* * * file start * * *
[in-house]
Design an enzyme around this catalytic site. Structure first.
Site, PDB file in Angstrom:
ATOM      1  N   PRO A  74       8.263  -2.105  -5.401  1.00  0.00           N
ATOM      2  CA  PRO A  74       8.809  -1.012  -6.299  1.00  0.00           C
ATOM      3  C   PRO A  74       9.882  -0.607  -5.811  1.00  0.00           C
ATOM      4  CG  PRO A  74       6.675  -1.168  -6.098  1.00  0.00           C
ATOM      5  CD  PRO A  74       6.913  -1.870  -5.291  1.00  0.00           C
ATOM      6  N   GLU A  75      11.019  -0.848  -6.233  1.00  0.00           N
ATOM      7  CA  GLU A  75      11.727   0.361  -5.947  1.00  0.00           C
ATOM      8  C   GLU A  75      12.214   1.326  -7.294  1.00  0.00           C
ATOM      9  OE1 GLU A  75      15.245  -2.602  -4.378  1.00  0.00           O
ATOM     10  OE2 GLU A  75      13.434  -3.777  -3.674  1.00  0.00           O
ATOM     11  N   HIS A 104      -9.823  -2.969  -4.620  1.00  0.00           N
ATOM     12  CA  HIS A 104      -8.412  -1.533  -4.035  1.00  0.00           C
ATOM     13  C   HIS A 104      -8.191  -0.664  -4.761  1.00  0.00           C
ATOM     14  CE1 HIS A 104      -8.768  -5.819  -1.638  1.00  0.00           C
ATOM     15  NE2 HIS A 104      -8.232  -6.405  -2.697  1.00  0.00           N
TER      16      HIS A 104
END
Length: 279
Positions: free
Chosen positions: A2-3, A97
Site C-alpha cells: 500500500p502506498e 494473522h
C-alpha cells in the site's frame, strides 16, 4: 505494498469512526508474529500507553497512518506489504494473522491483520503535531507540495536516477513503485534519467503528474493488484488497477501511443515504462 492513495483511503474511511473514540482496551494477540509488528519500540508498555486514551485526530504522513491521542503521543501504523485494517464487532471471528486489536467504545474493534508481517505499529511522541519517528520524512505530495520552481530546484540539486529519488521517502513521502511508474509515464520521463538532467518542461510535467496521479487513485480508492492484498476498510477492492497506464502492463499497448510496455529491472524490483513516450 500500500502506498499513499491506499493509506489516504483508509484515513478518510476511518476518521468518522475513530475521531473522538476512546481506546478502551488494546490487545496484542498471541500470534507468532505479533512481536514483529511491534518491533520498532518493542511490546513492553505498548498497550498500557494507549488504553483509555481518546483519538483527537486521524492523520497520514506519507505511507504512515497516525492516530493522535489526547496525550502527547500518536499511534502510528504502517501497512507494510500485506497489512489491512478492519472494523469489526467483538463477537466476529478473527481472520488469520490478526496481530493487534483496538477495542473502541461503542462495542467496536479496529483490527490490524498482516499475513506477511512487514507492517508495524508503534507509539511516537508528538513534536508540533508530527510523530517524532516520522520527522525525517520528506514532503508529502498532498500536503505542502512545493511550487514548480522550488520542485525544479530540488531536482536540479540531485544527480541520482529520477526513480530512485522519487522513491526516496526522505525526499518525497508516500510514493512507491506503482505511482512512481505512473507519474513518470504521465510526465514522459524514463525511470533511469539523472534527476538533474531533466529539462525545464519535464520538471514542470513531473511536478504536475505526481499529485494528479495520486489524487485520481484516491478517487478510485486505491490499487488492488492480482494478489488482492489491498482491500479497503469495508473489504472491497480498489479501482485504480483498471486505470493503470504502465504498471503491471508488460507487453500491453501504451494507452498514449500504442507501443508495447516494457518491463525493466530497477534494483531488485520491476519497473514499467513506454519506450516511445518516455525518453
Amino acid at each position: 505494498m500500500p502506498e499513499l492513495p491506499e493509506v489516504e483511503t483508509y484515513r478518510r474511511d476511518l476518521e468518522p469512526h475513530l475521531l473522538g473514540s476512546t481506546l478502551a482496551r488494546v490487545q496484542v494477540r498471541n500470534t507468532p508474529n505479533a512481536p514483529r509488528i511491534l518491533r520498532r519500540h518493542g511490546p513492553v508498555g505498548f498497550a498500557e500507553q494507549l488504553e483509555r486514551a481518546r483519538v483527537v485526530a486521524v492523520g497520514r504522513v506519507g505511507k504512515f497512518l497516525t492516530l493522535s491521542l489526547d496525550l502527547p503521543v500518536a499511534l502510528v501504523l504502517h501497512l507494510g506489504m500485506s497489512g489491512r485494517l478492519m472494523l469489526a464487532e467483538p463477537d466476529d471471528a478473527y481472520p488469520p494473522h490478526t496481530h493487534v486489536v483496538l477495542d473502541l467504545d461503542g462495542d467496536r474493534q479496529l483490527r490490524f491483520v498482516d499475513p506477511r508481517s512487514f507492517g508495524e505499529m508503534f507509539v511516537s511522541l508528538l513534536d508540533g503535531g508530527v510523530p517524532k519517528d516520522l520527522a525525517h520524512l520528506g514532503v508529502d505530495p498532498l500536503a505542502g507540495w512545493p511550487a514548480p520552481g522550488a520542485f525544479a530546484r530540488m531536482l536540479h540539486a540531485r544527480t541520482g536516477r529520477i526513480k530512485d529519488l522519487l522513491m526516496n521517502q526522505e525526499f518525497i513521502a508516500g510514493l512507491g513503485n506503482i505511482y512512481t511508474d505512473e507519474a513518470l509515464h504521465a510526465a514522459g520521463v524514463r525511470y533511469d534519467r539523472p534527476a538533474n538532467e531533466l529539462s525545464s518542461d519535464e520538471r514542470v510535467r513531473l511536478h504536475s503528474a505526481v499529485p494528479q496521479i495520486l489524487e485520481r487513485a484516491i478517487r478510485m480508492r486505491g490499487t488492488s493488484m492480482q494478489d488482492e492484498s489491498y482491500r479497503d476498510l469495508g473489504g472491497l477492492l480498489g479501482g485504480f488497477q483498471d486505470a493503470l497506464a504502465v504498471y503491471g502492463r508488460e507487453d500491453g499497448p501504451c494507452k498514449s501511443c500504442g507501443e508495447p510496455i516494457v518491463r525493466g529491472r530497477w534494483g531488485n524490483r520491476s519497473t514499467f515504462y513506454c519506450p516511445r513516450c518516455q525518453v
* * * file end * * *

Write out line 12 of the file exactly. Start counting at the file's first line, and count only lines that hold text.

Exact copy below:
ATOM      9  OE1 GLU A  75      15.245  -2.602  -4.378  1.00  0.00           O